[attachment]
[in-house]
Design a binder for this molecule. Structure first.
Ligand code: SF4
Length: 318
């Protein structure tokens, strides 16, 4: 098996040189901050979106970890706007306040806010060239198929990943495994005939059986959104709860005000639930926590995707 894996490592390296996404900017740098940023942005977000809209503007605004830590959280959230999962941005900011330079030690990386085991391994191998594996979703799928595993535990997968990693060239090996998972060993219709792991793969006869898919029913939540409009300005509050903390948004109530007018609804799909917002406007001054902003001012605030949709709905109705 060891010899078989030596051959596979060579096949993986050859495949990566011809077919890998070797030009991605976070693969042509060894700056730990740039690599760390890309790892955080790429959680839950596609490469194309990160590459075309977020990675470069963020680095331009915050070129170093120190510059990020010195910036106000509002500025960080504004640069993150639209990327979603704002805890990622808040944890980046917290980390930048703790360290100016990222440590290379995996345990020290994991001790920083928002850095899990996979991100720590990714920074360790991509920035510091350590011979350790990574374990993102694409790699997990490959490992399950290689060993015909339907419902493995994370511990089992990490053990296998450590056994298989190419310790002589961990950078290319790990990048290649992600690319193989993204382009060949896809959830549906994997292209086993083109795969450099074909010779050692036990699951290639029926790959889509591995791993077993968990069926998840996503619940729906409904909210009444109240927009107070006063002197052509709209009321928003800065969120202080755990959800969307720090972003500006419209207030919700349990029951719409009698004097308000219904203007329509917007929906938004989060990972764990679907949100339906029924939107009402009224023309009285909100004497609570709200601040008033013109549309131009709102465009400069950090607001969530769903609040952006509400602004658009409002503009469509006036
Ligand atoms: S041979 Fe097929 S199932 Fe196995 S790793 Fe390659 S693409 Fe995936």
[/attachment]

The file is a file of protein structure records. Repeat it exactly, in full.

[in-house]
Design a binder for this molecule. Structure first.
Ligand code: SF4
Length: 318
């Protein structure tokens, strides 16, 4: 098996040189901050979106970890706007306040806010060239198929990943495994005939059986959104709860005000639930926590995707 894996490592390296996404900017740098940023942005977000809209503007605004830590959280959230999962941005900011330079030690990386085991391994191998594996979703799928595993535990997968990693060239090996998972060993219709792991793969006869898919029913939540409009300005509050903390948004109530007018609804799909917002406007001054902003001012605030949709709905109705 060891010899078989030596051959596979060579096949993986050859495949990566011809077919890998070797030009991605976070693969042509060894700056730990740039690599760390890309790892955080790429959680839950596609490469194309990160590459075309977020990675470069963020680095331009915050070129170093120190510059990020010195910036106000509002500025960080504004640069993150639209990327979603704002805890990622808040944890980046917290980390930048703790360290100016990222440590290379995996345990020290994991001790920083928002850095899990996979991100720590990714920074360790991509920035510091350590011979350790990574374990993102694409790699997990490959490992399950290689060993015909339907419902493995994370511990089992990490053990296998450590056994298989190419310790002589961990950078290319790990990048290649992600690319193989993204382009060949896809959830549906994997292209086993083109795969450099074909010779050692036990699951290639029926790959889509591995791993077993968990069926998840996503619940729906409904909210009444109240927009107070006063002197052509709209009321928003800065969120202080755990959800969307720090972003500006419209207030919700349990029951719409009698004097308000219904203007329509917007929906938004989060990972764990679907949100339906029924939107009402009224023309009285909100004497609570709200601040008033013109549309131009709102465009400069950090607001969530769903609040952006509400602004658009409002503009469509006036
Ligand atoms: S041979 Fe097929 S199932 Fe196995 S790793 Fe390659 S693409 Fe995936």